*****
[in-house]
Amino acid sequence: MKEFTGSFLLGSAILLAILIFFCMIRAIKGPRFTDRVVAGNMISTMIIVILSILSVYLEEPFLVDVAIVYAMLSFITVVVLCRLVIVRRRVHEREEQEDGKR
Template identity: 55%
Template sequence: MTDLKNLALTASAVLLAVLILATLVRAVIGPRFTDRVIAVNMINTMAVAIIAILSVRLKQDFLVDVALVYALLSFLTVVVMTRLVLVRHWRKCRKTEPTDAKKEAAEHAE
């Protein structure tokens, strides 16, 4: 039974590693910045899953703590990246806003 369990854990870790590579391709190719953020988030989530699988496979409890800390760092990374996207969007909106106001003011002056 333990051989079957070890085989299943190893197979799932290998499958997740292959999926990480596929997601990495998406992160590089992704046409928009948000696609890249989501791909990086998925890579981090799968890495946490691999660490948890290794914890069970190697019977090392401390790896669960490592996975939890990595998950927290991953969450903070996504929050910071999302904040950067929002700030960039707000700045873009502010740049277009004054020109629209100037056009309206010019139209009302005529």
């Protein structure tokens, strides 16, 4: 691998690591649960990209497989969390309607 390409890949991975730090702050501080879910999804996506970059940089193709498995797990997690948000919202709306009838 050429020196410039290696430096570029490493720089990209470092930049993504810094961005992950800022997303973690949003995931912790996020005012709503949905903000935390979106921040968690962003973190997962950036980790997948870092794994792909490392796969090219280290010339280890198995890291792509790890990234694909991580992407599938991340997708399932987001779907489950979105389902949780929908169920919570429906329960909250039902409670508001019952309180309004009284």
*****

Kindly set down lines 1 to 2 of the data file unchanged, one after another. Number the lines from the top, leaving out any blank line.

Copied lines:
[in-house]
Amino acid sequence: MKEFTGSFLLGSAILLAILIFFCMIRAIKGPRFTDRVVAGNMISTMIIVILSILSVYLEEPFLVDVAIVYAMLSFITVVVLCRLVIVRRRVHEREEQEDGKR